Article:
Superman (1978)

PG   |    |  Action, Adventure, Drama

Superman (1978) Poster

An alien orphan is sent from his dying planet to Earth, where he grows up to become his adoptive home's first and greatest superhero.

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  • Christopher Reeve in Superman (1978)
  • Richard Donner and Christopher Reeve in Superman (1978)
  • Christopher Reeve in Superman (1978)
  • Christopher Reeve and Margot Kidder in Superman (1978)
  • Christopher Reeve and David Baxt in Superman (1978)
  • Margot Kidder in Superman (1978)

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Reviews & Commentary

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User Reviews

22 October 2004 | LookingforJulia
| Best opening title sequence... ever!
We all have unique reasons for loving a film. That's what makes cinema so magical. It's personal. You can love the meat of the movie, or you can love the trimmings.

There's a bunch of good stuff here. Most people my age will refer to "Superman" as THE definitive superhero film. None will ever take it's place. A position no doubt dictated by the age we were when first viewing it. As with films like "Star Wars" and "Raiders of the Lost Ark", WHEN you experience them is just as important as HOW you experience them.

As we age, youth's eyes fade. Cynicism creeps in. Experience leads us to see the many injustices this life offers and we become more critical... less likely to accept that which we would rather believe. After all, an adult who clings to the youthful ideals of wonder is simply naive... right?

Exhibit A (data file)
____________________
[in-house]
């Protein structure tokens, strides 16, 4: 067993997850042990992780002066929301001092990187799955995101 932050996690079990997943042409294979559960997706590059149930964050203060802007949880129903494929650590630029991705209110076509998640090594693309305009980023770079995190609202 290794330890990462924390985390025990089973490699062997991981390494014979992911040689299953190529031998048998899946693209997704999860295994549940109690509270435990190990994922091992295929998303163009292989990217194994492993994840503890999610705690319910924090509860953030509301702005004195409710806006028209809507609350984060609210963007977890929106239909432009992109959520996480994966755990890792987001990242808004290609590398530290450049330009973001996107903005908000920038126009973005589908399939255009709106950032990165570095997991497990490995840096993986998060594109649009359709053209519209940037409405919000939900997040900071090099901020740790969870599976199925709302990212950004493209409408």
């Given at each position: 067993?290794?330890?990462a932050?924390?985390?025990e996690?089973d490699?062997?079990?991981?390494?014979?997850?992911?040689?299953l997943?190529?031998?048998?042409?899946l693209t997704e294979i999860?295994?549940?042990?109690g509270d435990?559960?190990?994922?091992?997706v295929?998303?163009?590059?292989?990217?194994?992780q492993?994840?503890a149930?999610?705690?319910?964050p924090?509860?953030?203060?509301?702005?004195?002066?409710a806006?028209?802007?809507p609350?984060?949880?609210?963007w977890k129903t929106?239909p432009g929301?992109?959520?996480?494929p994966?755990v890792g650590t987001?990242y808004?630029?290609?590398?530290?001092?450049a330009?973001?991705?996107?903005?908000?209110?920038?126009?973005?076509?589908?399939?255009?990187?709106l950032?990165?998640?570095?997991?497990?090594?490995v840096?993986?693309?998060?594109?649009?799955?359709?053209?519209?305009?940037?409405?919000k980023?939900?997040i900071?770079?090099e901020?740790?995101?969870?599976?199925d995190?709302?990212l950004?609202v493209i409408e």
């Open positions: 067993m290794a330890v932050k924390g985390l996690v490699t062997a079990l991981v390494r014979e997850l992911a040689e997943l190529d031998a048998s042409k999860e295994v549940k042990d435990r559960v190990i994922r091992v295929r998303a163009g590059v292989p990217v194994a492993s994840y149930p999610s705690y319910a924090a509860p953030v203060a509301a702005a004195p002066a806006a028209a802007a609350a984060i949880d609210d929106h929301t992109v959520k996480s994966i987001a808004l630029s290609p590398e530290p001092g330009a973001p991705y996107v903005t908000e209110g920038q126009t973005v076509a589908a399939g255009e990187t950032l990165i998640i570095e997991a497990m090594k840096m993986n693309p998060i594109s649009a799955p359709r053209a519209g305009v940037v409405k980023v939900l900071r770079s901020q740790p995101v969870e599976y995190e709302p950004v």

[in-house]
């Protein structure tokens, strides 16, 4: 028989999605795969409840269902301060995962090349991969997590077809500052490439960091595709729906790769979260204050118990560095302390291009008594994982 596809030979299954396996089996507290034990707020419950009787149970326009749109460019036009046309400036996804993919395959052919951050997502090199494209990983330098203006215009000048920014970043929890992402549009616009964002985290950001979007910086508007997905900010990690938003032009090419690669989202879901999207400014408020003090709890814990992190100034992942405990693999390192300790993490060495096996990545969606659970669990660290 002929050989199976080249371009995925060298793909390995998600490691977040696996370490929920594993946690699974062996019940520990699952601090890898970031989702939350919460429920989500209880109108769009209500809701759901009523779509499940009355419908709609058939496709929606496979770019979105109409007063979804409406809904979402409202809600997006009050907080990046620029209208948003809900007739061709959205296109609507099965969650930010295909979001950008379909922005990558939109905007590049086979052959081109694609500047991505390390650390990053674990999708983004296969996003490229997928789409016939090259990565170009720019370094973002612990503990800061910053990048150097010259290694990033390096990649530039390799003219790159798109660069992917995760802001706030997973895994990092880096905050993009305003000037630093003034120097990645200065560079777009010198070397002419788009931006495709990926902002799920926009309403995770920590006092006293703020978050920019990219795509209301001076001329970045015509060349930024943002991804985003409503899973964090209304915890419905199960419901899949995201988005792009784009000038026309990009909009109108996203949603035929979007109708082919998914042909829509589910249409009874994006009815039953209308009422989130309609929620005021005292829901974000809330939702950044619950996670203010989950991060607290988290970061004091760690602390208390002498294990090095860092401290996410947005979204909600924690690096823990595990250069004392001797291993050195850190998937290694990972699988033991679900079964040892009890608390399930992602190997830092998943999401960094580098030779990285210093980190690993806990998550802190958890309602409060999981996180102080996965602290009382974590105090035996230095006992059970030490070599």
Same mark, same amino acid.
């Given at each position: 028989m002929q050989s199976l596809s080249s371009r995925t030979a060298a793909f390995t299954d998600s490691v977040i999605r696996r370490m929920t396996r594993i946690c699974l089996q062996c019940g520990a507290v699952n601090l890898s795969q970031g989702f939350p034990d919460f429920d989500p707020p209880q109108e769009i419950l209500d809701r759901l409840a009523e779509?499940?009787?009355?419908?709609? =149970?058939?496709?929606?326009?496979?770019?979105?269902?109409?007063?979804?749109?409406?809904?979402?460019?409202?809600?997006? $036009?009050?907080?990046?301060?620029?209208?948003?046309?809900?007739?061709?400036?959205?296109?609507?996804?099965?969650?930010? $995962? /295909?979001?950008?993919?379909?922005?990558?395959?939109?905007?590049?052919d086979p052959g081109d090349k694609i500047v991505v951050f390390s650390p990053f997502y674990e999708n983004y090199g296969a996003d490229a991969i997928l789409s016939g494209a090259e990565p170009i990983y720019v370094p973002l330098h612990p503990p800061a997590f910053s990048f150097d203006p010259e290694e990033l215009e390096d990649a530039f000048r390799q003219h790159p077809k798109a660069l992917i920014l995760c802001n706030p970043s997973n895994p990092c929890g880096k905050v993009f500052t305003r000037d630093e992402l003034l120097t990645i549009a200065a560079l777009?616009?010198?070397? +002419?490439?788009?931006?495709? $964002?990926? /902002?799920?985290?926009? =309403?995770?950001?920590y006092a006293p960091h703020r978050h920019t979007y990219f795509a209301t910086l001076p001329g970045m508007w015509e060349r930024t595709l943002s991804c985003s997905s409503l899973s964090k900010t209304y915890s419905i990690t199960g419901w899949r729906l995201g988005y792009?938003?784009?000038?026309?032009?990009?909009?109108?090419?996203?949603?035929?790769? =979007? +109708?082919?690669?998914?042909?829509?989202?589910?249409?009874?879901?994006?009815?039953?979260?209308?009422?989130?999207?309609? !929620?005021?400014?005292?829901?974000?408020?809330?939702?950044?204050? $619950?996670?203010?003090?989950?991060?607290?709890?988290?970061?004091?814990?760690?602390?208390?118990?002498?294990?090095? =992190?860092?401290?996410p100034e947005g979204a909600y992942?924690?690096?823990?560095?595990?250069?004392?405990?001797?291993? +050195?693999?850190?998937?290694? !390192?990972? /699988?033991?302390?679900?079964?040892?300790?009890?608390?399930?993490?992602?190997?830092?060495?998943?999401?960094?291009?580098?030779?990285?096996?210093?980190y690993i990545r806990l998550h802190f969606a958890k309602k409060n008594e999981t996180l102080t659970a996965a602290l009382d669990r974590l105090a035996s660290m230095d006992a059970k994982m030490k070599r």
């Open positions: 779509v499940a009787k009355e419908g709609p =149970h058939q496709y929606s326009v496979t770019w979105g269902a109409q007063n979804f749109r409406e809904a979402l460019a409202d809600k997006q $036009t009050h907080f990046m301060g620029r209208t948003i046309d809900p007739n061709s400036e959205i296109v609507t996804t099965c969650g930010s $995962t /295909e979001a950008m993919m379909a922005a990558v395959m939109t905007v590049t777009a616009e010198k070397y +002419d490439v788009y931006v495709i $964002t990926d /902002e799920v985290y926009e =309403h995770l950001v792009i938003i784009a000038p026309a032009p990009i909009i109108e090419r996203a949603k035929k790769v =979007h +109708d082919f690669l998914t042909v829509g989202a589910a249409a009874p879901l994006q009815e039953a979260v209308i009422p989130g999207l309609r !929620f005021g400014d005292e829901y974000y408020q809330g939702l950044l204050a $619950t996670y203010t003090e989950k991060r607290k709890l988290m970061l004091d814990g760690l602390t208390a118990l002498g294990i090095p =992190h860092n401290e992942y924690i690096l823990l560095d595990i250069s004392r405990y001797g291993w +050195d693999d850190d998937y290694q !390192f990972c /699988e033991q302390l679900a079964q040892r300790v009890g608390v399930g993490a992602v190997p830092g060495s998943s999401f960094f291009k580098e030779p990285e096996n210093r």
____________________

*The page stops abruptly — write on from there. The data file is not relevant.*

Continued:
To this day, the opening title sequence for "Superman" fills me with the same magical joy it did over twenty years ago. Never was a score so perfectly crafted around a film. John Williams and Richard Donner created such an indelible experience that over 25 yrs later, Bryan Synger will use the same music and theme to bring the magic to a new generation of wondrous eyes.

As for me though, this will always remain the best.

Metacritic Reviews

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Did You Know?


At one point Paul Newman and Joanne Woodward were offered the roles of Jor El and Lara, but the British Acting Union were increasingly concerned about the amount of American actors joining the production. This was also the reason why an offer to Orson Welles was withdrawn, and why the Krypton Elders are almost all played by British actors.


Boy: In the decade of the 1930s, even the great city of Metropolis was not spared the ravages of the worldwide depression. In times of fear and confusion, the job of informing the public was the responsibility of the Daily Planet, a great metropolitan ...


The "subway" train that runs over Detective Harry is not a subway train; it is a standard New Haven commuter train that is powered by an FL-9 dual mode diesel-electric/straight electric locomotive. Subway systems generally do not use diesel locomotives for revenue service, only for work trains so the 3rd rail can be deenergized. Due to the risk of pollution; they use electrical-powered train cars. Some commuter train routes do have trains traveling through extended tunnels like a subway normally would (such as in the Grand Central Station area of New York, where this scene was filmed) and these often use dual mode or straight electric locomotives and/or self propelled electric MU cars.

Crazy Credits

Cheerios by General Mills

Alternate Versions

The cameos of Kirk Alyn and Noel Neill were cut from the original release prints for good reason: Their characters' prepubescent little girl sees high school student Clark Kent running alongside the train. Cut dialogue identifies the child as Lois Lane, but it is painfully obvious that Margot Kidder, who plays the grown-up Lois, is older than Christopher Reeve, portraying the adult Clark/Superman, not younger.


Give a Little Bit
Music and Lyrics by
Rick Davies & Roger Hodgson
Performed by Supertramp
Courtesy of A&M Records


Plot Summary

Synopsis (WARNING: Spoilers)


Action | Adventure | Drama | Sci-Fi

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